Call the gang together. “In our family, we have a briefing before and after the holidays to discuss which traditions we’d like to keep, and which ones we can let go or cut back on,” says Barbehenn. “For example, we found out the kids really like to buy toys for other children in a hospital. We also ask the little ones to draw what they think the ideal holiday would look like for them.”

Just say NO. “This is probably one of the most difficult things for people to do, but it’s critical to do in order to avoid stress not only during the holidays, but also the rest of the year,” says Barbehenn. “Ask yourself if the activity is really that meaningful to you. We all get invited to so many parties during the holidays, but do we really feel each one is a priority? You don’t want to spend time mindlessly when you can use that time focusing on what’s important to you, even if it means just taking a break and relaxing at home. You matter as much as anybody else.” Stuck for what to say? Barbehenn advises the following: “I would love to come over, but can’t make it.”

Take a rain check. Spread out the social gatherings over more than just the holiday season. “Instead of trying to see everyone in December, make plans to get together in January,” says Illingworth. “It’s so much less stressful knowing you have an extra week or two to get those extra presents. You can also take advantage of the after-Christmas sales.” She also suggests you pick a date instead of just saying you’ll get together at a later time. “That way, you’re sparing that person’s feelings because you’re communicating very clearly and sincerely that you would like to spend some time with them.”

Ask around. “Email your friends and extended family and ask what holiday traditions are very important to them,” says Barbehenn. “Sometimes you might be surprised by what you find out. For example, now that Grandma is gone, no one really wants to take over all the responsibility of cooking an entire Thanksgiving dinner. They might prefer going out to dinner instead.”

Take a breather. Barbehenn suggests stepping back once a week for a few minutes to evaluate the upcoming week. “Sometimes by taking stock a little at a time, you can nip mounting stress in the bud. A Sunday night would work, where you can look at your upcoming schedule. Step back and take a look at the game plan and ask yourself, ‘Is this what I really want?’ If you feel stressed, make some changes. Many people go on autopilot, push through the holidays, and come out dazed and exhausted at the end. You need to take care of yourself.”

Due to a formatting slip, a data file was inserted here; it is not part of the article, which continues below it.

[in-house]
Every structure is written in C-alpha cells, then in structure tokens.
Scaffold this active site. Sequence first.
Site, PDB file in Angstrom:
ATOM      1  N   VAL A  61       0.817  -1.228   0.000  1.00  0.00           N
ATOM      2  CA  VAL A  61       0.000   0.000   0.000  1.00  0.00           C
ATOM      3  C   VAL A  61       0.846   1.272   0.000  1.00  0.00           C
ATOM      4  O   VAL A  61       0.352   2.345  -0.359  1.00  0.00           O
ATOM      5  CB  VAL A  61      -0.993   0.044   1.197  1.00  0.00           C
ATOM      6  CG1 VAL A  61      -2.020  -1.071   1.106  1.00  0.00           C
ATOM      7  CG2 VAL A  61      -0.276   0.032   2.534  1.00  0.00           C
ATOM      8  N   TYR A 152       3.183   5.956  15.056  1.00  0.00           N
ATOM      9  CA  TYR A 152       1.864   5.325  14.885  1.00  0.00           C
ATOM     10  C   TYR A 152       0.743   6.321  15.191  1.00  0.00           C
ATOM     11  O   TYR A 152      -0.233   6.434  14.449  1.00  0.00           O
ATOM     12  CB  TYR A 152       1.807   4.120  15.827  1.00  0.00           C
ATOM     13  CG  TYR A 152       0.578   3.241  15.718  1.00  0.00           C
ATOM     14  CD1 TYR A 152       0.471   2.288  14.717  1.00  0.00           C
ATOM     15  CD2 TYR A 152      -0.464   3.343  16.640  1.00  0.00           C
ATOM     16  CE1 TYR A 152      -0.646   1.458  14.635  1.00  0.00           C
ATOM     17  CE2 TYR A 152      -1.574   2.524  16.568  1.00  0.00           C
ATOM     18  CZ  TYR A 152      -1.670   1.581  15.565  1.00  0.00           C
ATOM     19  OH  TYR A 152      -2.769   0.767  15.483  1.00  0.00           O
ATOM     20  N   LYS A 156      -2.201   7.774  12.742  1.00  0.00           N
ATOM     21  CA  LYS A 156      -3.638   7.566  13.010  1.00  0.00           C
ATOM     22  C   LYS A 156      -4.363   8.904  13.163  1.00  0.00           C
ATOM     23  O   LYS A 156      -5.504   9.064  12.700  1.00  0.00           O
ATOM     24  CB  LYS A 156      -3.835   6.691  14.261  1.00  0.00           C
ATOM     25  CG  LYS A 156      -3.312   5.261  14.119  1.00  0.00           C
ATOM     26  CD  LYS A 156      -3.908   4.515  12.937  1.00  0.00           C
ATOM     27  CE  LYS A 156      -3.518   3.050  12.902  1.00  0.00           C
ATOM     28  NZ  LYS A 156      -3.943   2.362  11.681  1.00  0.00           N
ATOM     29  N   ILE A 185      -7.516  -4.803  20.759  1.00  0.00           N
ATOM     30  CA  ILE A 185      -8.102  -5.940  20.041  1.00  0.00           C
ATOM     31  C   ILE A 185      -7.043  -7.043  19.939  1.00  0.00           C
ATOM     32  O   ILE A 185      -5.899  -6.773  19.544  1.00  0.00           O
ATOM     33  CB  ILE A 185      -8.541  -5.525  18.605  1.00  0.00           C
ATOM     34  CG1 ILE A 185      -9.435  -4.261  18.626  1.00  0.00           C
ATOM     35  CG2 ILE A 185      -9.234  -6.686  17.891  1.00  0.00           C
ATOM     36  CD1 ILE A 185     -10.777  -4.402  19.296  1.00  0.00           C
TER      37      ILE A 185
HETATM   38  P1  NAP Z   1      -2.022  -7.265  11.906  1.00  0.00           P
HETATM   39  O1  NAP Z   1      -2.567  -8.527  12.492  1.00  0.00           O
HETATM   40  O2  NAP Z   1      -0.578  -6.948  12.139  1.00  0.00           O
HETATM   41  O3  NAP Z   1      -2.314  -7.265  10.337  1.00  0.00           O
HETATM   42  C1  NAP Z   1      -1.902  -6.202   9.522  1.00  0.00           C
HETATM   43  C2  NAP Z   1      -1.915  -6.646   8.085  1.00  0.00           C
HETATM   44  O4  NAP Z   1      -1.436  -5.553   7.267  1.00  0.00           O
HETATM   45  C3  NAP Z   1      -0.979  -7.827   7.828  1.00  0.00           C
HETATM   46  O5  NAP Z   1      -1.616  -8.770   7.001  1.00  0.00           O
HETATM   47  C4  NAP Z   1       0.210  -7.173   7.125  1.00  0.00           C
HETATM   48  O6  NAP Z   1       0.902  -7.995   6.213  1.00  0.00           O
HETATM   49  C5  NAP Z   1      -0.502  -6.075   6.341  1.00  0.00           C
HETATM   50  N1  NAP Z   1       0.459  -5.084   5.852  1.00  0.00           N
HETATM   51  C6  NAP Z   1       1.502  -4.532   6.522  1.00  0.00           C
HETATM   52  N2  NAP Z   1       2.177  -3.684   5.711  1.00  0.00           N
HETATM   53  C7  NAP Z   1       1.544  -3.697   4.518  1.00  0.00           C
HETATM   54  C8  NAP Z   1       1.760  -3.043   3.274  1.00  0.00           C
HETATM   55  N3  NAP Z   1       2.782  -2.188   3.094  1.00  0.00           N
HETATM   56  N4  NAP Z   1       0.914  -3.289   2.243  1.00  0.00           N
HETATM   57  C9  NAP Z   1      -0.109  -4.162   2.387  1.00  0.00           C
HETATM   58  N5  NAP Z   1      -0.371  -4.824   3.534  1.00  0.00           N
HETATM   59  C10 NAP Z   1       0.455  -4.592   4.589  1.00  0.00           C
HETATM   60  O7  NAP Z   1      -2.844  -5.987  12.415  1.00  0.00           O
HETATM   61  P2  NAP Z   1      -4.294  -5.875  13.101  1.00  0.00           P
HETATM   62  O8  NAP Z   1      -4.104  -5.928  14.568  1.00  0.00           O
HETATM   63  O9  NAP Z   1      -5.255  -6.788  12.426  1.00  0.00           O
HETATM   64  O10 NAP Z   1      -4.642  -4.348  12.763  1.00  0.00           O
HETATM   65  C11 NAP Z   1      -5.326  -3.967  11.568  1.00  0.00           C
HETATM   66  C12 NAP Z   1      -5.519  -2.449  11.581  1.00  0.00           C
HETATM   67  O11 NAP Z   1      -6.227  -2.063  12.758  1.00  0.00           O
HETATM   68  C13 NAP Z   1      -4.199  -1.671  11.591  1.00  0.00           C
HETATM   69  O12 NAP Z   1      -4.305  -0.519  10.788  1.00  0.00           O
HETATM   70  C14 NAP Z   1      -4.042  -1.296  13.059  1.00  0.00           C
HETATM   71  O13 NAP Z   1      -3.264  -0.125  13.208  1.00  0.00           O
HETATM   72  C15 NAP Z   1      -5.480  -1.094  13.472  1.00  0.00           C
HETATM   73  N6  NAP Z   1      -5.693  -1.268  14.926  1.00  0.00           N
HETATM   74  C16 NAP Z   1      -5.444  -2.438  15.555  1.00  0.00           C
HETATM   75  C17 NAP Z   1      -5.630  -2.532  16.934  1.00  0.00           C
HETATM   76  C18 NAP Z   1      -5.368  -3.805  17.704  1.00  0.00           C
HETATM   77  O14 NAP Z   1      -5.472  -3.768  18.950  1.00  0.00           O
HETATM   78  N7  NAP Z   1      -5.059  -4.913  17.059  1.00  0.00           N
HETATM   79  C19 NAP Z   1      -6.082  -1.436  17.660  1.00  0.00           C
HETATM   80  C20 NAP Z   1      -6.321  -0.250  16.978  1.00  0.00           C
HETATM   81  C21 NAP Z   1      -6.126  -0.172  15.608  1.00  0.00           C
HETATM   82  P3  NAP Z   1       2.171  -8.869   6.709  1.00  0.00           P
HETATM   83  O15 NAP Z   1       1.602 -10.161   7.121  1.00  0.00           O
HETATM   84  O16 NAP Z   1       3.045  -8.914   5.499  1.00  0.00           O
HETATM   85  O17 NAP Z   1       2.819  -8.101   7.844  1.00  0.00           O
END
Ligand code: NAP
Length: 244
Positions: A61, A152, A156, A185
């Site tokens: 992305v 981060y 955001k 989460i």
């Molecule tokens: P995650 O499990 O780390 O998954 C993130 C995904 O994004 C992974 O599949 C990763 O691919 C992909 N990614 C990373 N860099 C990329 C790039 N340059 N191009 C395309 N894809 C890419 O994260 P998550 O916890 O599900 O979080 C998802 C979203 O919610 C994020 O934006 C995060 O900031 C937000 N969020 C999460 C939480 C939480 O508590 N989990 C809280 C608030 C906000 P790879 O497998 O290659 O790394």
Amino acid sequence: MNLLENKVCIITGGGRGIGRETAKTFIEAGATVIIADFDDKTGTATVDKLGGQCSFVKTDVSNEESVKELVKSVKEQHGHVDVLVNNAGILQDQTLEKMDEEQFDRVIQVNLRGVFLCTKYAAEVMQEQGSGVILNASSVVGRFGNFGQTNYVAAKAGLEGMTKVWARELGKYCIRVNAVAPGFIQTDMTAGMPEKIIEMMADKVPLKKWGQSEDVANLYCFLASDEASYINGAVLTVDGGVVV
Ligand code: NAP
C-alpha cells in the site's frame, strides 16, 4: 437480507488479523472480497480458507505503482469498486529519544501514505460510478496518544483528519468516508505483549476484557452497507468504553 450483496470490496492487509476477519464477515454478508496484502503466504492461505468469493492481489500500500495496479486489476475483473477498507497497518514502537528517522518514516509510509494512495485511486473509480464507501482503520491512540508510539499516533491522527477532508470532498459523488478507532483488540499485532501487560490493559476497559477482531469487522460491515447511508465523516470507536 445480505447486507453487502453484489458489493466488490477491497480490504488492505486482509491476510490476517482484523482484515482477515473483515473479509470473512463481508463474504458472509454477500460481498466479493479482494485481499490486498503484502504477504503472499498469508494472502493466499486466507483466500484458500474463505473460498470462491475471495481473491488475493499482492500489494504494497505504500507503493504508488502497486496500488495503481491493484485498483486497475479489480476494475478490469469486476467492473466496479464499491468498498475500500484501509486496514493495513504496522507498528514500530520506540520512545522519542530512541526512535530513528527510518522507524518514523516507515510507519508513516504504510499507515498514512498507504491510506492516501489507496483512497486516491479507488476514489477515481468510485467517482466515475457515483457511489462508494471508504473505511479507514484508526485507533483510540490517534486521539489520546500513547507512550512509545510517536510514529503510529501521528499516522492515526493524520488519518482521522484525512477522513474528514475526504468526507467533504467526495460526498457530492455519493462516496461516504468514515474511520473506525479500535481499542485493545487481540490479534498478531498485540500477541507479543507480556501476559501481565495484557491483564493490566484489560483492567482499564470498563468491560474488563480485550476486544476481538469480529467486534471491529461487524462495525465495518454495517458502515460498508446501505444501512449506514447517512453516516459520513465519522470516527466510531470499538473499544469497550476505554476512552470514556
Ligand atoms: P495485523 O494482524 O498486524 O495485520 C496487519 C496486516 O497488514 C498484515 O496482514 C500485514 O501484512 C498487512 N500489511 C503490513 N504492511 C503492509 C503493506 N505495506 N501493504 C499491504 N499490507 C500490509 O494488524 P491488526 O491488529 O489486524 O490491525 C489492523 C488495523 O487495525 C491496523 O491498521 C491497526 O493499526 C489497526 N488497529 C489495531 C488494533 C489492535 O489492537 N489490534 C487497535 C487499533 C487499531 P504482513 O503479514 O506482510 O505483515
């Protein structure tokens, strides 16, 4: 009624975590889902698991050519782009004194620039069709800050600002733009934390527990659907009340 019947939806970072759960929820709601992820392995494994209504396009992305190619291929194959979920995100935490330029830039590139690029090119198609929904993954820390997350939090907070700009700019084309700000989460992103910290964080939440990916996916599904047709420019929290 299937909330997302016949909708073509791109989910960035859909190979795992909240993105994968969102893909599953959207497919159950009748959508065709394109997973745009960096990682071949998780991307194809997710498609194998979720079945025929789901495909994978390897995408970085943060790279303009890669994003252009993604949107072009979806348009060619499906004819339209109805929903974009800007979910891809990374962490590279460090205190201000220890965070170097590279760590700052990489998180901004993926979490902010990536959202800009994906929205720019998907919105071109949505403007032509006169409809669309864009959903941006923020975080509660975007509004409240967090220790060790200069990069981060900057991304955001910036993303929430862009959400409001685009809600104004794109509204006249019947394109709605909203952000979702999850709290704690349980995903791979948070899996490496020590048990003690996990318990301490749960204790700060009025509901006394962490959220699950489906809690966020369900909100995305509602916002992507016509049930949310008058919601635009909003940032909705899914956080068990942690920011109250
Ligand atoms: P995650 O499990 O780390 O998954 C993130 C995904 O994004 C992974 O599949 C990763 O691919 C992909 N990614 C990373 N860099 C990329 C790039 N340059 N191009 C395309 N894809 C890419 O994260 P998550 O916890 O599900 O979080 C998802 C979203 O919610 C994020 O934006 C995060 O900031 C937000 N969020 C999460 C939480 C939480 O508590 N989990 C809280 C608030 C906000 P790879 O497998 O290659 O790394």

Have a shopping strategy. Don’t spend a lot of time driving around aimlessly looking for the best bargains. Instead, have a plan. Do research online; before you go shopping you’ll find that most, if not all of your favorite local boutiques, have websites so that you can get a head start on your shopping. “I make my three kids give me their list, then I comparison shop,” says Illingworth. “And it’s important to stick to the list, otherwise you can get overwhelmed by making things more complicated.”

Tame the green-eyed monster. “It’s very common for our personal weaknesses to rise to the surface during the holidays because of all the added stress,” says Barbehenn. “If you have feelings of inadequacy and jealousy, it’s important to remember that you don’t know other people’s problems. You don’t know what goes on in their relationship behind closed doors. Everyone has problems.”

Lighten up. Illingworth suggests putting yourself in the mindset that with all the extra activities this time of year, including unplanned events, something is bound to go wrong. Try to have a sense of humor. Chances are in the future, you’ll be laughing about it. “One year our beautifully decorated Christmas tree fell over, and broke the ornaments and the lights,” she recalls. “My husband was so stressed out, because we were expecting company within minutes. He just swept it up in disgust and shoved it in the closet. When family came in, and wanted to see the tree, we ushered them to the closet. It was hilarious.”

Maureen Sangiorgio is an award-winning consumer health writer based in Macungie.